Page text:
Lee Friedlander | Signs. Fraenkel Gallery, 49 Geary Street, San Francisco, CA Info

Lewis Watts | Photographs.  Rena Bransten Gallery, 1275 Minnesota Street Info

Raymond Meeks | Sonder. Casemore Kirkeby, 1275 Minnesota Street, San Francisco, CA Info

Through August 18

Catherine Wagner | Paradox Observed. San Jose Museum of Art, 110 S. Market Street, San Jose, CA Info

Through August 23

Richard Prince | High Times. Gagosian, 657 Howard Street, San Francisco, CA Info Left: Richard Prince, Untitled (2017-18). © Richard Prince; Photo: Jena Cumbo

Through August 24

Summer Sessions Part II | Brianna Tadeo, Kija Lucas, Rachelle Reichert. Anglim Gilbert Gallery, 1275 Minnesota Street, San Francisco, CA Info

Present Objects | Clare Strand, Lebohang Kganye, Liza Ambrossio, Rachel Phillips, Julia Goodman. Equinom Gallery, 1295 Alabama Street, San Francisco, CA Info

Through August 25

The Art of Peace. Yerba Buena Center for the Arts, 701 Mission Street, San Francisco, CA Info

Through August 30

Sara VanDerBeek | Roman Women. Altman Siegel Gallery, 49 Geary Street, San Francisco, CA Info

Summertime… Gordon Parks, Julia Fullerton-Batten, Wesaam Al-Badry, Aida Mulunch, Hendrick Kerstens. Jenkins Johnson Gallery, 464 Sutter Street, San Francisco, CA Info


Through August 31

Contemporary works by Tauba Auerbach, Cecily Brown, Sarah Crowner, Juhn Currin, Danny Fox, Shara Hughs, William Kentridge, Alicia McCarthy. Berggruen Gallery, 10 Hawthorne Street, San Francisco, CA Info

Yamamoto Masao | Bonsai Microcosmos Macrocosms. Robert Koch Gallery, 49 Geary Street, San Francisco, CA Info

Don’t Touch My Circles | Works by Kim Beck, Kevin Cooley, Nicki Green, Bill Jacobson, Jana Sophia Nolle, Stephanie Syjuco, Marie Watt. Catherine Clark Gallerly, 248 Utah Street, Can Francisco, CA Info

Queer Voices | Paperbacks and Periodicals Forging Community. American Bookbinding Museum, 355 Clementina Street, San Francisco, CA Info

Right: Wayne Thiebault, Land Cloud, 2011; at Crown Point Press

Through August 31

Likenesses | Works by Mauricio Anzeri, Kota Ezawa, Mike Henderson, Thah Heydari, Matt Lipps, Alme Mpane, Shirin Neshat. Haines Gallery, 49 Geary Street, San Francisco, CA Info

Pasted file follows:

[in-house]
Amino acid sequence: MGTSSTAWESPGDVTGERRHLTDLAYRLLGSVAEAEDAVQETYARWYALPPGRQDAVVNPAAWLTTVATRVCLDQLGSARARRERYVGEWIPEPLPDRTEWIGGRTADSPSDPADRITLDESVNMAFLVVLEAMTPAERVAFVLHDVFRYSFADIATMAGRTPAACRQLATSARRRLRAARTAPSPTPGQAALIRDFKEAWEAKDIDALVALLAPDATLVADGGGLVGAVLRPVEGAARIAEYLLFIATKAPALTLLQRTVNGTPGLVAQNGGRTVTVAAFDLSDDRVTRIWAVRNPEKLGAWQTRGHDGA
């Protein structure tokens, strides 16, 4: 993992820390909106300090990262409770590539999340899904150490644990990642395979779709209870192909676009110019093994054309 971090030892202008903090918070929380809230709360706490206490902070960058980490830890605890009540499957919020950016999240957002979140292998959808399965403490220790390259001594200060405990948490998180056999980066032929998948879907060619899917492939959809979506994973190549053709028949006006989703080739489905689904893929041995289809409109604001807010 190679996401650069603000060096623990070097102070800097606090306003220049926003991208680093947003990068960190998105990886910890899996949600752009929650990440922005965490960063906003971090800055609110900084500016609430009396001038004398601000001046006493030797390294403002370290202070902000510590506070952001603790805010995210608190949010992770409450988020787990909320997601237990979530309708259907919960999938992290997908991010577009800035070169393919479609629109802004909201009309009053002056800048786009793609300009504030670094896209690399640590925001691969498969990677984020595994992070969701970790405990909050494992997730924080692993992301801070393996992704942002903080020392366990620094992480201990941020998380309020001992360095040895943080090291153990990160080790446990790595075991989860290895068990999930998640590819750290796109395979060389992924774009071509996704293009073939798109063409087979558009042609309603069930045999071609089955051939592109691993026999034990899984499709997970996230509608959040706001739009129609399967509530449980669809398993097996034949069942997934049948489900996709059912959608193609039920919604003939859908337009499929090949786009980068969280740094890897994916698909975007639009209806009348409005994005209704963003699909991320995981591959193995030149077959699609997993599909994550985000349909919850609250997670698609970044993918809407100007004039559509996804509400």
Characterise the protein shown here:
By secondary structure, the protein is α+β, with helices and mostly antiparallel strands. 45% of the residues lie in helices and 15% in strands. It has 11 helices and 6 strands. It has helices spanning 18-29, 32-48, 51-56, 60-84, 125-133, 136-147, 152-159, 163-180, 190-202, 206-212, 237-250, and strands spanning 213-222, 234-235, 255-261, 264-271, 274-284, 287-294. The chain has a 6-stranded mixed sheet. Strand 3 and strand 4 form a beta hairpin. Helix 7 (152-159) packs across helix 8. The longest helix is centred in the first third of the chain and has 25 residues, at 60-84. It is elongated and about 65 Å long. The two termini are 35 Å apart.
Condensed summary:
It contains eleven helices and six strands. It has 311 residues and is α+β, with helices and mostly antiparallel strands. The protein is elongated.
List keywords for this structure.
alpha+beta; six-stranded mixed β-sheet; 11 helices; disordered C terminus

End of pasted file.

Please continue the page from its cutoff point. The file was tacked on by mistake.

Summer Choices | Works by Anne Appleby, William Bailey, Robert Bechtle, Brad Brown, John Chiara, Richard Diebenkorn, Leonardo Drew, Marcel Dzama, Jacqueline Humphries, Al Held, Joan Jonas, Tom Marioni, Ed Ruscha, Wayne Thiebaud, Patricia Treib, Charline von Heyl, and William T. Wiley. Crown Point Press, 20 Hawthorne Street, San Francisco, CA Info

Through September 1

Pushing West | The Photography of Andrew J. Russell. Oakland Museum of California, 1000 Oak Street, Oakland, CA Info

Unlimited | Recent Gifts from the William Goodman and Victoria Belco Photography Collection. BAMFA, 2155 Center Street, Berkeley, CA Info

Through September 2

Andy Warhol—From A to B and Back Again. SFMOMA, 151 Third Street. San Francisco, CA Info

Through September 20

New Beginnings | California. Scott Nichols Gallery, 450 1stStreet East/Suite g, Sonoma, CA Info

 

Planning Ahead

Wednesday, September 4

The Sacred Star of Isis and Other Stories | Photography by Adama Delphine Fawundu. Museum of the African Diaspora, 685 Mission Street, San Francisco, CA Info

Thursday, September 19

For the second time this year, SFMOMA is opening the museum free of charge all day on Thursday, Sept 19, as part of the Culture for Community initiative — a coalition of more than a dozen Yerba Buena neighborhood arts and cultural institutions. Don’t miss out! Tickets are free, but an RSVP is highly encouraged. Info